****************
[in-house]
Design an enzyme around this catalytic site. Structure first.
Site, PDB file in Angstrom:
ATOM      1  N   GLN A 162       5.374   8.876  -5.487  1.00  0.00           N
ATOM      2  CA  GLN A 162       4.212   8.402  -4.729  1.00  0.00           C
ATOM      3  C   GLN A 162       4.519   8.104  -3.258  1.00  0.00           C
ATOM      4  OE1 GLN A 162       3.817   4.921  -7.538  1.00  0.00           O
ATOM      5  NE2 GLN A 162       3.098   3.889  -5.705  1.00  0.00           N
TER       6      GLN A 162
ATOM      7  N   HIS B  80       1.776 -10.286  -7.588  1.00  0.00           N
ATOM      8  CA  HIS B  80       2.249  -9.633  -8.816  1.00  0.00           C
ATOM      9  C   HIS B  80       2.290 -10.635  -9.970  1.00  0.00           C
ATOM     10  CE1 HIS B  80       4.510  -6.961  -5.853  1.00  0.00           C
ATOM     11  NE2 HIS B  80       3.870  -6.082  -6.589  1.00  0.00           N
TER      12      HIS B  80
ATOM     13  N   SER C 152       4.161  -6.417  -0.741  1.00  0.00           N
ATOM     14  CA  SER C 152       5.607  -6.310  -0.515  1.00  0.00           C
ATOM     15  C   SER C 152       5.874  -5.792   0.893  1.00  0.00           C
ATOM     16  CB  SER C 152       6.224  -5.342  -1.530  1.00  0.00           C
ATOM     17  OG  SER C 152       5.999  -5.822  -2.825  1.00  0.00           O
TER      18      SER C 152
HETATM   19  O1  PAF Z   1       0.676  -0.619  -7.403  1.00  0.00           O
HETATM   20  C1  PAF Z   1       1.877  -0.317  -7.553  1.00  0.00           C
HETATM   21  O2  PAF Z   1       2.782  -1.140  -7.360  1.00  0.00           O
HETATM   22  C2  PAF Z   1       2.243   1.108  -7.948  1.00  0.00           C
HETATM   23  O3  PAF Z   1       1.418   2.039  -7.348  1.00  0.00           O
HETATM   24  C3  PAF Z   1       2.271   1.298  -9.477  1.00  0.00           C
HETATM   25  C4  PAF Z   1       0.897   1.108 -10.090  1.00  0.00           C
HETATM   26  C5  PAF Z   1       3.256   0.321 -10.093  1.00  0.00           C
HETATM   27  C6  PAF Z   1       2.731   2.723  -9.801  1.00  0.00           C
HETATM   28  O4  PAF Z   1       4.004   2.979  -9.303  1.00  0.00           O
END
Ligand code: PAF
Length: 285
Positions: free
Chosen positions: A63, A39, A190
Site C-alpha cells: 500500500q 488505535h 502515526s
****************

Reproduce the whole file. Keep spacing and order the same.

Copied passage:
[in-house]
Design an enzyme around this catalytic site. Structure first.
Site, PDB file in Angstrom:
ATOM      1  N   GLN A 162       5.374   8.876  -5.487  1.00  0.00           N
ATOM      2  CA  GLN A 162       4.212   8.402  -4.729  1.00  0.00           C
ATOM      3  C   GLN A 162       4.519   8.104  -3.258  1.00  0.00           C
ATOM      4  OE1 GLN A 162       3.817   4.921  -7.538  1.00  0.00           O
ATOM      5  NE2 GLN A 162       3.098   3.889  -5.705  1.00  0.00           N
TER       6      GLN A 162
ATOM      7  N   HIS B  80       1.776 -10.286  -7.588  1.00  0.00           N
ATOM      8  CA  HIS B  80       2.249  -9.633  -8.816  1.00  0.00           C
ATOM      9  C   HIS B  80       2.290 -10.635  -9.970  1.00  0.00           C
ATOM     10  CE1 HIS B  80       4.510  -6.961  -5.853  1.00  0.00           C
ATOM     11  NE2 HIS B  80       3.870  -6.082  -6.589  1.00  0.00           N
TER      12      HIS B  80
ATOM     13  N   SER C 152       4.161  -6.417  -0.741  1.00  0.00           N
ATOM     14  CA  SER C 152       5.607  -6.310  -0.515  1.00  0.00           C
ATOM     15  C   SER C 152       5.874  -5.792   0.893  1.00  0.00           C
ATOM     16  CB  SER C 152       6.224  -5.342  -1.530  1.00  0.00           C
ATOM     17  OG  SER C 152       5.999  -5.822  -2.825  1.00  0.00           O
TER      18      SER C 152
HETATM   19  O1  PAF Z   1       0.676  -0.619  -7.403  1.00  0.00           O
HETATM   20  C1  PAF Z   1       1.877  -0.317  -7.553  1.00  0.00           C
HETATM   21  O2  PAF Z   1       2.782  -1.140  -7.360  1.00  0.00           O
HETATM   22  C2  PAF Z   1       2.243   1.108  -7.948  1.00  0.00           C
HETATM   23  O3  PAF Z   1       1.418   2.039  -7.348  1.00  0.00           O
HETATM   24  C3  PAF Z   1       2.271   1.298  -9.477  1.00  0.00           C
HETATM   25  C4  PAF Z   1       0.897   1.108 -10.090  1.00  0.00           C
HETATM   26  C5  PAF Z   1       3.256   0.321 -10.093  1.00  0.00           C
HETATM   27  C6  PAF Z   1       2.731   2.723  -9.801  1.00  0.00           C
HETATM   28  O4  PAF Z   1       4.004   2.979  -9.303  1.00  0.00           O
END
Ligand code: PAF
Length: 285
Positions: free
Chosen positions: A63, A39, A190
Site C-alpha cells: 500500500q 488505535h 502515526s